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Compare and Contrast

(Short Stories for Students)

1970s: According to the 1980 census, there are 774,652 Filipinos living in the United States. This constitutes 0.3 percent of the total population.

Today: According to the 2000 census, Filipino Americans number 1.9 million. This is up from 1.4 million in 1990. The largest Filipino population is in California, at 918,678. Hawaii, Illinois, New Jersey, New York, and Washington also have substantial Filipino populations. In Washington, the number of Filipinos has increased by 50 percent since 1990.

1970s: Filipino immigration to the United States increases due to the Immigration Act of 1965, which loosened restrictions on immigration from Asia. Once in the country, Filipinos are allowed, like immigrants from other countries, to bring their immediate family to join them, subject to visa approvals.

Today: Since the 1970s, the time necessary for approval of a visa application for a brother or sister has grown much longer. The process can literally take decades. Some Filipinos who immigrated during the 1980s are, therefore, still waiting for the immigration of their families from the Philippines to the United States to be completed.

1970s: With Filipino American writers such as Santos and Linda Ty-Casper publishing their work in the United States, Filipino American writing begins to make its way into the mainstream of American literature.

Today: A new generation of Filipino...

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Topics for Further Study

(Short Stories for Students)

Review the characters of Alipio and Monica, and then write a brief sketch set one year after they have married that portrays their partnership. Are they both satisfied with the arrangement they made, or is one partner more satisfied than the other? Are there any tensions between them? This is a creative exercise, but try to base your sketch realistically on the characters as they appear in the story, taking into account their personalities and motivations.

Investigate the system that allows foreign nationals to become U.S. citizens by marrying a U.S. citizen. Do the arrangements made by the characters in ‘‘Immigration Blues’’ constitute an abuse of the system? Why or why not?

Should recent immigrants to the United States from Asia or anywhere else in the world make an effort to fit in with American culture, or should they focus on preserving their own cultural heritage? Explain your answer.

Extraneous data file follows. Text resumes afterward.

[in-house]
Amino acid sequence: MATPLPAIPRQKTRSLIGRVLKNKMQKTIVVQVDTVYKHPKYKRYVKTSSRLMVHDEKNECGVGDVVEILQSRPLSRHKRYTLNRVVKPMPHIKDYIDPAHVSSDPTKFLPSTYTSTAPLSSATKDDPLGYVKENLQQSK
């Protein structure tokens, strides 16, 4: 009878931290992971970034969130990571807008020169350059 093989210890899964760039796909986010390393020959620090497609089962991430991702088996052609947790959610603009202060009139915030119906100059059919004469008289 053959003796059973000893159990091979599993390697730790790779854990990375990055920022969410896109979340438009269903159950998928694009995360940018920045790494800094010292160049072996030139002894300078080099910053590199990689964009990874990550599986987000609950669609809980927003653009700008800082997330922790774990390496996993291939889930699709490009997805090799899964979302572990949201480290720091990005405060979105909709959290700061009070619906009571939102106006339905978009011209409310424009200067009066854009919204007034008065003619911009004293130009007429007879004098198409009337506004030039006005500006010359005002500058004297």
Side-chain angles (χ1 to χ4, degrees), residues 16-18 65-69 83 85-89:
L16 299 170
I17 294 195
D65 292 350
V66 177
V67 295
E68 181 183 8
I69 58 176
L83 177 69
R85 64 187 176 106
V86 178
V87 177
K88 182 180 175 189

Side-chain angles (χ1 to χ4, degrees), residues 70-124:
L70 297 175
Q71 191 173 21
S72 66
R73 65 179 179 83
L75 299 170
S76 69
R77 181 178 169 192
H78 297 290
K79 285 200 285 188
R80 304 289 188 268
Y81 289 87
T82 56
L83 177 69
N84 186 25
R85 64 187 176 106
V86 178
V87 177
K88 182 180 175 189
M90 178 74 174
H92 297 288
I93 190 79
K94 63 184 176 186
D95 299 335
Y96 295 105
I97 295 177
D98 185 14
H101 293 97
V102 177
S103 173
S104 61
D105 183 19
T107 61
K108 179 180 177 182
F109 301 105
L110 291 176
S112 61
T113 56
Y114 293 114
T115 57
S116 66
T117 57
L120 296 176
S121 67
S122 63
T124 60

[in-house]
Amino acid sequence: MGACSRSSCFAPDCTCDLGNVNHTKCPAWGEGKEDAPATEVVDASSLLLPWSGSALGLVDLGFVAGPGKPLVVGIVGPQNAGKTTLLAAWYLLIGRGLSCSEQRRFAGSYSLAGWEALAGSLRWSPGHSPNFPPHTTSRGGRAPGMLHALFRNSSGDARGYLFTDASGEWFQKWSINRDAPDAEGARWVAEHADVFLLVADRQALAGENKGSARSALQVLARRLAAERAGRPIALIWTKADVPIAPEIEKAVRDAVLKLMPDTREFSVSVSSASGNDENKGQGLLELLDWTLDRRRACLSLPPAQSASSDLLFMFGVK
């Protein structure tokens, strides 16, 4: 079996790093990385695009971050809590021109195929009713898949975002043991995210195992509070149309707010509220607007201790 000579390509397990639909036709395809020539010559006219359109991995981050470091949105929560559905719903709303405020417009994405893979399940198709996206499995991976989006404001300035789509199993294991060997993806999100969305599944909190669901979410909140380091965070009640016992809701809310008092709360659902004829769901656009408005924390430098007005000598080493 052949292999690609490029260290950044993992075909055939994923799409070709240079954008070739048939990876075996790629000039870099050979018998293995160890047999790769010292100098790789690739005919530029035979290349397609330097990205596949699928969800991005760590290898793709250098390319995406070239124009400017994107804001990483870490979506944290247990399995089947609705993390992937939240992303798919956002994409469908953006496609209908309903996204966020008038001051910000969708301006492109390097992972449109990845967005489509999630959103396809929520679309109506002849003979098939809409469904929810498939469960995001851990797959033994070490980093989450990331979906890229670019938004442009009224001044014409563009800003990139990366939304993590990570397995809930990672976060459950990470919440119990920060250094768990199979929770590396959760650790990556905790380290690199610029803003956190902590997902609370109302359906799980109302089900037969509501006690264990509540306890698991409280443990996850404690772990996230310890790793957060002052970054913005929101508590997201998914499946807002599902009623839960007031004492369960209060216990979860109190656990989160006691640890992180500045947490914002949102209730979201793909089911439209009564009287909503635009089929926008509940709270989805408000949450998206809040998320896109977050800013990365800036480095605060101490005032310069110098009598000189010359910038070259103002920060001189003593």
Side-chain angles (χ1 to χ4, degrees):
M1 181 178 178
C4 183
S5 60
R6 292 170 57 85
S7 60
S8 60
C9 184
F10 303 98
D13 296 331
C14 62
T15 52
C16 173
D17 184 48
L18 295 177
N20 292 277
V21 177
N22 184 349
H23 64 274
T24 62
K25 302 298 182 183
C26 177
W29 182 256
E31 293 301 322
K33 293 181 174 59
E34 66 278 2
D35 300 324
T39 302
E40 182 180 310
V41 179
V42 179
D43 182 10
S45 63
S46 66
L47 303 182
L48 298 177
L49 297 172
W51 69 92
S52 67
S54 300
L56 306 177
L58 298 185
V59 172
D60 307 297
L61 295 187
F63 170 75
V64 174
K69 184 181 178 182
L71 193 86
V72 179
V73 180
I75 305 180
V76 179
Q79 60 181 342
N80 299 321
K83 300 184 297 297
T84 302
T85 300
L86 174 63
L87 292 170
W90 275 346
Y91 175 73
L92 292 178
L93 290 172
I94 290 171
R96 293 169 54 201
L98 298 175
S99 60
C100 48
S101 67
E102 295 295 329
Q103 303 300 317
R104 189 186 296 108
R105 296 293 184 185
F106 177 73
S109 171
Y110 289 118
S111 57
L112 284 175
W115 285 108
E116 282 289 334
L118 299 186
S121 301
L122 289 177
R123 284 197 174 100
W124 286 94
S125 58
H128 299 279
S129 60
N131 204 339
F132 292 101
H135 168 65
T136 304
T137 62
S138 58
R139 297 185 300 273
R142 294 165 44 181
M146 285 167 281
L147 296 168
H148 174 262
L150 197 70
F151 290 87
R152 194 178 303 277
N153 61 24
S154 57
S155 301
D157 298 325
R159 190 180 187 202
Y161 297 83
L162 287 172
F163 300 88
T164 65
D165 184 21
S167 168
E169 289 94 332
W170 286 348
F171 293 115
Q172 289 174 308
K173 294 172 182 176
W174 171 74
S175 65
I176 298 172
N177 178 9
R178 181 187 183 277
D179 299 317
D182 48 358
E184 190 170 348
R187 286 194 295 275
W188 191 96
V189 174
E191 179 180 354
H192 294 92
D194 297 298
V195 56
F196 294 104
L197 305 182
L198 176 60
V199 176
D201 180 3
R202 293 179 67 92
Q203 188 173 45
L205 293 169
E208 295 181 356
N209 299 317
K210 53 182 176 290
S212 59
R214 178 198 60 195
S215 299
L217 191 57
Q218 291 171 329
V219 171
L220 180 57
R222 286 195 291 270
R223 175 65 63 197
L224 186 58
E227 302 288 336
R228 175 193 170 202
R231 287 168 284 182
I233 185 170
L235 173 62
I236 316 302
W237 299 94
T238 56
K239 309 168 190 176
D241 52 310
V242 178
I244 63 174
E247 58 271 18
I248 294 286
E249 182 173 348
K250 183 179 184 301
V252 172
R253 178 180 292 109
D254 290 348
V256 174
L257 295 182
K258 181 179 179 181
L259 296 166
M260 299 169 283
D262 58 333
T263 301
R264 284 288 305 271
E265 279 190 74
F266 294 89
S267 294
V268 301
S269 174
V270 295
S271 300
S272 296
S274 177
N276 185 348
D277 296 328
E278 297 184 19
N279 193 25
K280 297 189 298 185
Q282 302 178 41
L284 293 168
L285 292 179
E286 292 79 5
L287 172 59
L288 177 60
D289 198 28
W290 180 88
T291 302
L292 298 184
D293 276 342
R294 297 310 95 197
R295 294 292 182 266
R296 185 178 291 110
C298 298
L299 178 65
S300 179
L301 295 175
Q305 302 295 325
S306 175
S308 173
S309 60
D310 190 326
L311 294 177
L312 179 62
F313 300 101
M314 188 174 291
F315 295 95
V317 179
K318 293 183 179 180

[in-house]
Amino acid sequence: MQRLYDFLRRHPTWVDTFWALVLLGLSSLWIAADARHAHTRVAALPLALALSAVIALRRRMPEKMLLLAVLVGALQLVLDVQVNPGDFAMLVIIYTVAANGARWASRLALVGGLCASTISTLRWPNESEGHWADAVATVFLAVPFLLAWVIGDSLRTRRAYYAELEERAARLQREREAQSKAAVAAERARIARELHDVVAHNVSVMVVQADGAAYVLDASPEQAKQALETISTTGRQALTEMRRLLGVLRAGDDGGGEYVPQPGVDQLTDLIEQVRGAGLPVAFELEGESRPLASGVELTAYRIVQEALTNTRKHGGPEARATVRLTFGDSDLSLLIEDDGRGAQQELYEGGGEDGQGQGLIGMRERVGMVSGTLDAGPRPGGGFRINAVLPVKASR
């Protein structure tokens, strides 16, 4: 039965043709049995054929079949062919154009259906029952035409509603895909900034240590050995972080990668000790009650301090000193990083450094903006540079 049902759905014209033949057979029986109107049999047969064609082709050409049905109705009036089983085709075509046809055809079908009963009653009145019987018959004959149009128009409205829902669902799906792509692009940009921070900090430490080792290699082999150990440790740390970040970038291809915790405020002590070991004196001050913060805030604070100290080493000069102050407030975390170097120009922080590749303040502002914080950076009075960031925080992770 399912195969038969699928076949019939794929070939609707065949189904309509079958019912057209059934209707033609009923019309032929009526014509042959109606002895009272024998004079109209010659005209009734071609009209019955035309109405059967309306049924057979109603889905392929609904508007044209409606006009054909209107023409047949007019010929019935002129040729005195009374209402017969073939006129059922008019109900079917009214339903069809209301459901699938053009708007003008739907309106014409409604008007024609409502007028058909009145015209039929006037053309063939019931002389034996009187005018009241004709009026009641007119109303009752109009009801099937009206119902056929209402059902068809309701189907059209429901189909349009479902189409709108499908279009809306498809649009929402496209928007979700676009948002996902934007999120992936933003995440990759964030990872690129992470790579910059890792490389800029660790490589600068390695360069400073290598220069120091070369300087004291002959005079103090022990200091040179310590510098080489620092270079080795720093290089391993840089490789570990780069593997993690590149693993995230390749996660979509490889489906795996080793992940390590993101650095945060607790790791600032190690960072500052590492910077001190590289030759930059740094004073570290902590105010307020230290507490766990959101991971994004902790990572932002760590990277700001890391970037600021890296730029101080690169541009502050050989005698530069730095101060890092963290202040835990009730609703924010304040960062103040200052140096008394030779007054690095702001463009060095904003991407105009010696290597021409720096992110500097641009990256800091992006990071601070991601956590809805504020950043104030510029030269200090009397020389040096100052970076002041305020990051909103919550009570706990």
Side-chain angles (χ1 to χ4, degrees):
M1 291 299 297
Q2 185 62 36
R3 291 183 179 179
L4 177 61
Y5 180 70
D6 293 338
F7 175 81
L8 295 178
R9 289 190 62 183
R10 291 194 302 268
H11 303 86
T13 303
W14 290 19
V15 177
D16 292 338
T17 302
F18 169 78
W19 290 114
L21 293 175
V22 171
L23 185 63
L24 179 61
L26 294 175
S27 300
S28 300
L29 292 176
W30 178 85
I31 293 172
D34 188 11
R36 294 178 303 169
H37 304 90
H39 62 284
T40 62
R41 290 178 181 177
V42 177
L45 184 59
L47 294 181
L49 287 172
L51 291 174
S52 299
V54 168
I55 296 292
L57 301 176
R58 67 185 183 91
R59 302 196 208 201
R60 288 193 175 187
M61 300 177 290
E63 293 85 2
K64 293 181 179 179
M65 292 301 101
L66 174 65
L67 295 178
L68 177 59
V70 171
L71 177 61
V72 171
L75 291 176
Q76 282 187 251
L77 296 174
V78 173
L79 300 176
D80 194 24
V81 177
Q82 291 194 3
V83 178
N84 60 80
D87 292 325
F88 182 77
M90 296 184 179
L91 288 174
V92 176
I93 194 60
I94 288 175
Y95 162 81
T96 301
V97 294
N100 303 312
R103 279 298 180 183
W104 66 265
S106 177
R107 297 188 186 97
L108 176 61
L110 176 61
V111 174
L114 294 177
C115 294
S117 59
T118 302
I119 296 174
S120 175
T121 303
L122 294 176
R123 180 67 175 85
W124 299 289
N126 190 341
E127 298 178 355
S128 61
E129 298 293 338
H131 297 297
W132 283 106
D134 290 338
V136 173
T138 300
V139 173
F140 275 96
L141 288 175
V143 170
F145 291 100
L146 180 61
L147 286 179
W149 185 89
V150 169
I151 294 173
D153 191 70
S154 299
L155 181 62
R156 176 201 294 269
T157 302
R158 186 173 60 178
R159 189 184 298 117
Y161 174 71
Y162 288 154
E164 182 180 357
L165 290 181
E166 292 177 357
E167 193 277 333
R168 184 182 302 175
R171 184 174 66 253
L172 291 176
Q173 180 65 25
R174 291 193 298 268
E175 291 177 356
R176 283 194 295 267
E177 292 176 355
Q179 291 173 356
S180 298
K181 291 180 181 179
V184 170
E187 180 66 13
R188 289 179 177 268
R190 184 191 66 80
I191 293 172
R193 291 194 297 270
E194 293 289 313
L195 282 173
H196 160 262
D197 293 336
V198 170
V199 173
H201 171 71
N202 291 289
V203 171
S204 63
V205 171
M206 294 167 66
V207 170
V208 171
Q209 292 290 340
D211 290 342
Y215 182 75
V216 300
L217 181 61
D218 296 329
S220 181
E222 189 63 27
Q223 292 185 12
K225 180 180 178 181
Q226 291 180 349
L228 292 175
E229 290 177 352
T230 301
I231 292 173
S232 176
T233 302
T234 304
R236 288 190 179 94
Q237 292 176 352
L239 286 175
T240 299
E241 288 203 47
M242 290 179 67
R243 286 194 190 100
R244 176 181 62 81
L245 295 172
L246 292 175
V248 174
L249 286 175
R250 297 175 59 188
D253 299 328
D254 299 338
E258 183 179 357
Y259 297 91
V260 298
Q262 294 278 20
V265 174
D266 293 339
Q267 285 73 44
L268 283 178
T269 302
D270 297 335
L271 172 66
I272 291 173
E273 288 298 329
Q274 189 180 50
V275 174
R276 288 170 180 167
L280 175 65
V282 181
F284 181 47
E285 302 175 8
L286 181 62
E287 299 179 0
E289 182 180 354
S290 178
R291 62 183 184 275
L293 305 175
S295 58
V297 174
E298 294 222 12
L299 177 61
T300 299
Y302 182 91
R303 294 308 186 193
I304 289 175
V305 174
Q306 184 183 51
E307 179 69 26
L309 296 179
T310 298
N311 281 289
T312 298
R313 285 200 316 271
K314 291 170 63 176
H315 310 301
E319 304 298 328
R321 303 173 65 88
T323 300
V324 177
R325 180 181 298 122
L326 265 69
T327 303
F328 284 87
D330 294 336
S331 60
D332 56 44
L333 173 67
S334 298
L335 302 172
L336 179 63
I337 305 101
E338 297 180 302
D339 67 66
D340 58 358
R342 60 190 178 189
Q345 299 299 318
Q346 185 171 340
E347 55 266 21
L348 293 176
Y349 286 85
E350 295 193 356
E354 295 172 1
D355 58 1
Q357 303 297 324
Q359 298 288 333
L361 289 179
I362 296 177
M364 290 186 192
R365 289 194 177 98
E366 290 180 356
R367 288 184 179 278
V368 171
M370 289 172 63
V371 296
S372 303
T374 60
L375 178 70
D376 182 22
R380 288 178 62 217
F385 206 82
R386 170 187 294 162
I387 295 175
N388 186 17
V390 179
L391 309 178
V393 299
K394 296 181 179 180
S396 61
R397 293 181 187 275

Research the war of 1898 to 1902 that established American rule in the Philippines. Why did the United States embark on this war? What were its goals, and how were they achieved? What have been the long-term consequences of the American colonization of the Philippines?

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What Do I Read Next?

(Short Stories for Students)

Santos’s Dwell in the Wilderness: Selected Short Stories (1985) contains eighteen stories from the early part of Santos’s career. Written between 1930 and 1941, these stories are set in the rural towns and villages in the Philippines familiar to Santos in his youth and early manhood.

Growing Up Filipino: Stories for Young Adults (2003), edited by Cecilia Manguerra Brainard, contains twenty-nine short stories, most of which have been written since the turn of the twenty- first century. The authors include those who live in the Philippines as well as American-born Filipinos. The stories reflect a wide range of issues that Filipino youth encounter.

Contemporary Fiction by Filipinos in...

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Bibliography and Further Reading

(Short Stories for Students)

Bernad, Miguel A., Bamboo and the Greenwood Tree: Essays on Filipino Literature in English, Bookmark, 1961, pp. 33–41.

Blau, Zena Smith, Aging in a Changing Society, 2d ed., Franklin Watts, 1981, p. 139.

Kim, Elaine H., ed., Asian American Literature: An Introduction to the Writings and Their Social Context, Temple University Press, 1982, pp. 265–72.

Kingston, Maxine Hong, ‘‘Precarious Lives,’’ in New York Times Book Review, May 4, 1980, pp. 15, 28–29.

Santos, Bienvenido, Memory’s Fictions: A Personal History, New Day Publishers, 1993, p. 252.

———, ‘‘Pilipino Old Timers: Fact and...

(The entire section is 294 words.)